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I was looking at my admin panel for the router and saw a computer I don't recognise. I changed the password, reconnected my devices, and it's gone.

Well, it came back again today. It's very annoying, as google bases a lot of things (search suggestions, etc) based on your IP and I keep getting stupid suggestions.

I'm assuming it's one of my neighbors, I'm just not sure which.

I would just change the password, however whoever is doing it clearly has a way to get on secured wifi networks and that wouldn't be any help.

Neither of these answers helped me. They're probably spoofing their MAC or something.

My router is a D-Link DIR-655 Firmware v2 Router

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    Please provide the details of how your wireless router is currently "secured". E.G. How long is this "password"? Is the SSID broadcast? Which encryption is in use?
    – sawdust
    Aug 8, 2013 at 22:21
  • @sawdust Good point. Disabling your SSID broadcast would help. Security through obscurity.
    – SLaG
    Aug 8, 2013 at 22:26
  • @SLaG: Disabling SSID broadcast does pretty much nothing for security. Definitely if an attacker was breaking a wifi password a network with SSID broadcast disabled wouldn't pose a problem. Aug 8, 2013 at 22:49
  • @ForeverWintr That's true. If someone wanted in, they would have no trouble exposing a hidden SSID. But it would make you a smaller target in an area with other available networks. It's the same reason the shelf at eye level at a shop is premium real estate. Unless you're looking for something specific, you're more likely to get the item at eye level. Hiding your SSID is like being moved to the bottom shelf. This is a generalisation of course. :)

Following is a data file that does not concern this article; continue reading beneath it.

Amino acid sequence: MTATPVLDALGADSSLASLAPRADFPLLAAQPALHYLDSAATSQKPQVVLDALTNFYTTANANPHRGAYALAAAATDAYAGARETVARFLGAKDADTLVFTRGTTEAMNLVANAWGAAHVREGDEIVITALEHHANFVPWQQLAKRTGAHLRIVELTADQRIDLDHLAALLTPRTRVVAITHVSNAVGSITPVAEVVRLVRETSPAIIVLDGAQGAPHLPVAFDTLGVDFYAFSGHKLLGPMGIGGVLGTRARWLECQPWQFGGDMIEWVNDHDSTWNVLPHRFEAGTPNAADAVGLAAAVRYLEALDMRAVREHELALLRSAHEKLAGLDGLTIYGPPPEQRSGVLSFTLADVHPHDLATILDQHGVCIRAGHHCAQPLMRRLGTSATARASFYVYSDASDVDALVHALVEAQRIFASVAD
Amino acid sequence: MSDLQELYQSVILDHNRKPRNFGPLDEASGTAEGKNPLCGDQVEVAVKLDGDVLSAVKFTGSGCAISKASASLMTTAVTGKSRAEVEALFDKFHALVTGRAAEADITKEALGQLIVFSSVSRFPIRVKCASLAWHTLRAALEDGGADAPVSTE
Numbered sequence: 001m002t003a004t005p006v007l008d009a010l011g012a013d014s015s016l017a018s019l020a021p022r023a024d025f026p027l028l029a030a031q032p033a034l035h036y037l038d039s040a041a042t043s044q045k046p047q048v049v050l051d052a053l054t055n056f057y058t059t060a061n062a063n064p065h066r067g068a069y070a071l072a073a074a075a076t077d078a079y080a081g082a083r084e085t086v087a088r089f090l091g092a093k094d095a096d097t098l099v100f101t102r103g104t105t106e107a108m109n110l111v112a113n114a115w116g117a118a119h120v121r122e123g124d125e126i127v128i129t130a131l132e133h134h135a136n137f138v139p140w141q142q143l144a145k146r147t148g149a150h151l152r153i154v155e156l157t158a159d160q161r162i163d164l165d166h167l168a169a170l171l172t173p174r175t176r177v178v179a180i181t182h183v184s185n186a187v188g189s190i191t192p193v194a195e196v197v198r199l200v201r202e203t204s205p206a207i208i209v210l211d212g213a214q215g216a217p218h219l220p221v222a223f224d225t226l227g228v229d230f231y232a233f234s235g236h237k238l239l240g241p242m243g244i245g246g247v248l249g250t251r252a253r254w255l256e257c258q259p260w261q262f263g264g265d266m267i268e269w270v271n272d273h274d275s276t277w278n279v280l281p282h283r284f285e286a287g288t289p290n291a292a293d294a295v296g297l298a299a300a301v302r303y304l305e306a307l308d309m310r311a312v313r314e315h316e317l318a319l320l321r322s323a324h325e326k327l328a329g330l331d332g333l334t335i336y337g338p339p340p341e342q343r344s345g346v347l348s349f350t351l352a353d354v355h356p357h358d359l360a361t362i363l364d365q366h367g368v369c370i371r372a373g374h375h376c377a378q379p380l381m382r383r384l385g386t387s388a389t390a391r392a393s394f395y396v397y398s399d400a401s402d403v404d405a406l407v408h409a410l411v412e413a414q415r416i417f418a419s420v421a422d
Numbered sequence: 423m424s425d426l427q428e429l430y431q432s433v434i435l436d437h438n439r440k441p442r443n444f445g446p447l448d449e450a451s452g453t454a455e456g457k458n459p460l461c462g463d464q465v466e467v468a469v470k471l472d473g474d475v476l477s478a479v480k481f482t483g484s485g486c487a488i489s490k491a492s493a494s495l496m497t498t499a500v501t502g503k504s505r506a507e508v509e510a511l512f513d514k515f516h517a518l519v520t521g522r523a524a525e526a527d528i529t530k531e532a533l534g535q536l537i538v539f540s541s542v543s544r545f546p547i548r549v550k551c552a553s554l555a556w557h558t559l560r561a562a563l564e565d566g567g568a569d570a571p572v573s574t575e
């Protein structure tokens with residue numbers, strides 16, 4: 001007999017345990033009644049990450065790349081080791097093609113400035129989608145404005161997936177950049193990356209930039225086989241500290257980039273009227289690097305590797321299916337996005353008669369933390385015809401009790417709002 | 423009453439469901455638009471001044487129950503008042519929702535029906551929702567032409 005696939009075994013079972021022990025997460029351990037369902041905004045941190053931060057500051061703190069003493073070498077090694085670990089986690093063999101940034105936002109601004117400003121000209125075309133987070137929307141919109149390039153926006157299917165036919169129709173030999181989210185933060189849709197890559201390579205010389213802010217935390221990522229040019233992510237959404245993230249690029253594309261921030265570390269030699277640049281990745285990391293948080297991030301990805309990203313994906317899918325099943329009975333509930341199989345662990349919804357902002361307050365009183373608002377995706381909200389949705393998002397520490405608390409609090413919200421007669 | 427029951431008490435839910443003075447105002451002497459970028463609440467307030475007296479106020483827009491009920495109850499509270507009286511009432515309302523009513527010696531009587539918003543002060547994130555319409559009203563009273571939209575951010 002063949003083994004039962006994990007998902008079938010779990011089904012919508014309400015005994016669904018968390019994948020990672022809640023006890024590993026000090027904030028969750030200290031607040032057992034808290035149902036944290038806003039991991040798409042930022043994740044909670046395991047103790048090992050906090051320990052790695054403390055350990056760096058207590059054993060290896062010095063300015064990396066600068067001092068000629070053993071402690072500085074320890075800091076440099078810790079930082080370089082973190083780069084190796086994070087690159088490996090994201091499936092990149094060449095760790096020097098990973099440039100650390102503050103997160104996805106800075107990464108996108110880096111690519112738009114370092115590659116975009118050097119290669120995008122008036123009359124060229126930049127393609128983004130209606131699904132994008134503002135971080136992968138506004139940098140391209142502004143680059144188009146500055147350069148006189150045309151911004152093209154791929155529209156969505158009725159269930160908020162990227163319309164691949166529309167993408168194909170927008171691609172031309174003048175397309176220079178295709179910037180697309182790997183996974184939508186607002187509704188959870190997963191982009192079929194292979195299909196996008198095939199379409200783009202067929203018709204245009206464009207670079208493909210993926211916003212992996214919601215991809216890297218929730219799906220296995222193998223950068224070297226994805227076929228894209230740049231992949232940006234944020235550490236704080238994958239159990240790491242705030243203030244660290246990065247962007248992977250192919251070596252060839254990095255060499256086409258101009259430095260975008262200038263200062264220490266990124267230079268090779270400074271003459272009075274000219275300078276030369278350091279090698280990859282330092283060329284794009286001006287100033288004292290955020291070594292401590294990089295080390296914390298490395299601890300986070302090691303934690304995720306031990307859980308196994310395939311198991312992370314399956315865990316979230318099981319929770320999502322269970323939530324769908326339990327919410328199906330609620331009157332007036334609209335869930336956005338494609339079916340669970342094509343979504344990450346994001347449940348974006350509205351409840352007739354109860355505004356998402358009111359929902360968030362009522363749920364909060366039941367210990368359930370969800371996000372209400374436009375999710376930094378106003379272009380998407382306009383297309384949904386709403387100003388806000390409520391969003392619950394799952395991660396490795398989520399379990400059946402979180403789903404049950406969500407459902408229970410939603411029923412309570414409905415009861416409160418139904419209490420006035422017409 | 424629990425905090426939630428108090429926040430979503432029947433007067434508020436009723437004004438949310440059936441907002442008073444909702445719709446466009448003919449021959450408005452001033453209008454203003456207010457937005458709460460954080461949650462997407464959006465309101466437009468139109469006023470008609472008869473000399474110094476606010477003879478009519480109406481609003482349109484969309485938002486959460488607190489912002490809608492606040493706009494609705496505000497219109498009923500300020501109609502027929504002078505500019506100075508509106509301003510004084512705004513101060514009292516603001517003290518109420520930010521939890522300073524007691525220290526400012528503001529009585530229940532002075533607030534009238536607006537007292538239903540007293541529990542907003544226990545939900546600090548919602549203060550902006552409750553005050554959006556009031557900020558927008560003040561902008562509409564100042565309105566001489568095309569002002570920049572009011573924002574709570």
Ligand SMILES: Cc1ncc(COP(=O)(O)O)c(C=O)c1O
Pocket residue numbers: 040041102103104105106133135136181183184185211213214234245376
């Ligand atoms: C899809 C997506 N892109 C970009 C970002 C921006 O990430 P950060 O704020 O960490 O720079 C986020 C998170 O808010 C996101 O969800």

– SLaG
    Aug 8, 2013 at 22:59

2 Answers 2

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If you're using WPA/WPA2 encryption, I didn't think that MAC spoofing circumvented that. A brute force password crack may get through if your password is too short or easy.

Note down the MAC of the suspect IP and change your password. If you see the device come back, compare the MAC. If it's the same, use a MAC access list or a static IP on the address and block all traffic for that IP.

If you changed your password once a week for a little while (a hassle I know), any benefits the user would gain from cracking the security would be outweighed by the time it takes to crack it. They'll probably just move on to someone else.

If you find that something suddenly isn't connecting, then that was the device you just kicked off.

Also ensure that you have the latest firmware, according to D-Link, the latest is v2.10.

The Google suggestions may be that you have malware on a device that just sends requests to Google.

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If you have wpa2 configured with a strong passphrase its very unlikely somebody is cracking in. There is however a vulnerability present in WPS that is easily exploited with tools like reaver. (Google this)

I would be more inclined to say that the device you see is more than likely a device you own. Network printers, mobile devices, a local NAS etc.

There are so many devices that have networking capabilities its easy to overlook something as benign as a TV or perhaps your refrigerator. Hehe

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